My Lords, I will speak very briefly on Amendment 16, to which I added my name, which has already been dealt with by the noble Lord, Lord Paddick. Should the Government accept the logic of that amendment, they might also want to look at Clause 4(8)(b)(i), which ought also to be amended to include “a private postal service”. Like the noble Lord, Lord Grabiner, I think the amendment in the name of the noble Lord, Lord Strasburger, sounds like a carte blanche for allowing private phone hacking. The noble Lord came up with better words than I could when he spoke about thinking that “public interest” and of “interest to the public” were the same. I would be very alarmed at the idea of allowing phone hacking by private bodies, simply because they thought it might be in the public interest.

The more substantial issue in this group is dealt with in Amendments 18 and 246—I refer to them as the Leveson amendments. The Labour Party has an interest in Amendment 18. Our names are not on it but our former leader, my right honourable friend Ed Miliband, was, along with the current Prime Minister, one of the signatories to the deal which has already been described and which led to amendments being withdrawn in this House and in the Commons. Failing to implement Parliament’s decision on this matter is a shameful disregard for the law on the part of the Government. The Act was passed in good faith and the Government should have implemented it, in accordance with the wishes of this House and the other place. Non-commencement is an unacceptable device to undermine legislation which has been passed.

Amendment 18 seeks gently to encourage the Government to bring into effect the law already passed, and we hope they will agree to do that. I will not rehearse the case that has been made so well already. However, it is remarkable that, as we consider a Bill on investigatory powers that sets out clearly and openly what the state and its agencies can do regarding hacking—the limits, the safeguards and the penalties for exceeding the law—private and unaccountable profit-making bodies such as the press continue to get away with things our spooks rightly would not be able to. The Government should not undermine Parliament by failing to commence Section 40 and we hope that, today, they will show their willingness to act now.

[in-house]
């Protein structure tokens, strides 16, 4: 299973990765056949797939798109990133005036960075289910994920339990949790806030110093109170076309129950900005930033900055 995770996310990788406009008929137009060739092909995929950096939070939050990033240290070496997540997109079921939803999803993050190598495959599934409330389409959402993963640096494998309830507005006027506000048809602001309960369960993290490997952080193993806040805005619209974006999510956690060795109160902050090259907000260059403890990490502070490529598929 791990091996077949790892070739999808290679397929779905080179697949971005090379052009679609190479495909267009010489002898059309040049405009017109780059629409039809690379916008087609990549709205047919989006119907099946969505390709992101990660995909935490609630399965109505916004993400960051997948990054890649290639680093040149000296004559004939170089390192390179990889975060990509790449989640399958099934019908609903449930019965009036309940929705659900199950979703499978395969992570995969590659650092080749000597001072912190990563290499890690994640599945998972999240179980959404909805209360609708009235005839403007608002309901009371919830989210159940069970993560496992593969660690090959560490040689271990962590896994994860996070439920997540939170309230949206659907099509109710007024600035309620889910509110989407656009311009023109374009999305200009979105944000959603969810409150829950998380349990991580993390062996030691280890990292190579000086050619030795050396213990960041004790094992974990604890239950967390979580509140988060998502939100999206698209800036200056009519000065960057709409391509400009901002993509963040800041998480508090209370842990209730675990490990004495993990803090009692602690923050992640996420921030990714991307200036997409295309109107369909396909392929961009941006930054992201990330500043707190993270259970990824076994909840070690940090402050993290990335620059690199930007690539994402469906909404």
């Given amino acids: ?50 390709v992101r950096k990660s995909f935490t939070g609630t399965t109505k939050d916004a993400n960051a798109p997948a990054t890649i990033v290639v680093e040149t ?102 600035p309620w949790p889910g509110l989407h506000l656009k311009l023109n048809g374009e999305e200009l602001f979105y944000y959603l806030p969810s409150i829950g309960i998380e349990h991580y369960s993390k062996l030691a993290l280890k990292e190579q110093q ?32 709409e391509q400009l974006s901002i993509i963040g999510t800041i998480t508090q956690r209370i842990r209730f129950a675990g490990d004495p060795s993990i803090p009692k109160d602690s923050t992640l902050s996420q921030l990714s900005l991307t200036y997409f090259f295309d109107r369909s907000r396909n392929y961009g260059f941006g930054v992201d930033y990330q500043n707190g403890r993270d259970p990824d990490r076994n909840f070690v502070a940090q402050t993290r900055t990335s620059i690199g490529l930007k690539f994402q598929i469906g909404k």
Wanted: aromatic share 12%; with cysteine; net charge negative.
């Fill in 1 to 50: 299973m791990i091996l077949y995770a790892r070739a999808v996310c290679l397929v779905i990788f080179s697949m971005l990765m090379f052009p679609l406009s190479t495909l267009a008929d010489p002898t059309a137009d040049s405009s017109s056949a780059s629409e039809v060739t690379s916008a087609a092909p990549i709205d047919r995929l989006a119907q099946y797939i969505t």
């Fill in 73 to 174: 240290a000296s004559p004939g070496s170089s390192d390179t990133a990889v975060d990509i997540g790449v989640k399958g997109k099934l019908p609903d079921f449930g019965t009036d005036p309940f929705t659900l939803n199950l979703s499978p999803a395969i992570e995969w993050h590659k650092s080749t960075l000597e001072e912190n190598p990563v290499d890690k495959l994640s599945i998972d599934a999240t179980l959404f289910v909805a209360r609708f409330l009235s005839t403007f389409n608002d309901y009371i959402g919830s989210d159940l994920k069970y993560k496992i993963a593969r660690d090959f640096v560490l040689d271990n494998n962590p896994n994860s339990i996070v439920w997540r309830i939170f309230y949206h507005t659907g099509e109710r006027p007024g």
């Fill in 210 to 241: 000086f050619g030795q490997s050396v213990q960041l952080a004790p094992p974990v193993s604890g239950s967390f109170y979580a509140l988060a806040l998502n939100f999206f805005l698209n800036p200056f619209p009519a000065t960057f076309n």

Before the noble Baroness sits down, can I point out that I share entirely her concerns and those of her noble friend about journalists confusing the public interest with the interest of the public? If there were any such amendment along the lines that I suggested, it would have to be drafted so narrowly that that confusion could not exist.

My Lords, I begin with Amendment 15, which raises the issue of creating a new criminal offence. This was initially discussed in the other place at earlier stages of the Bill’s passage.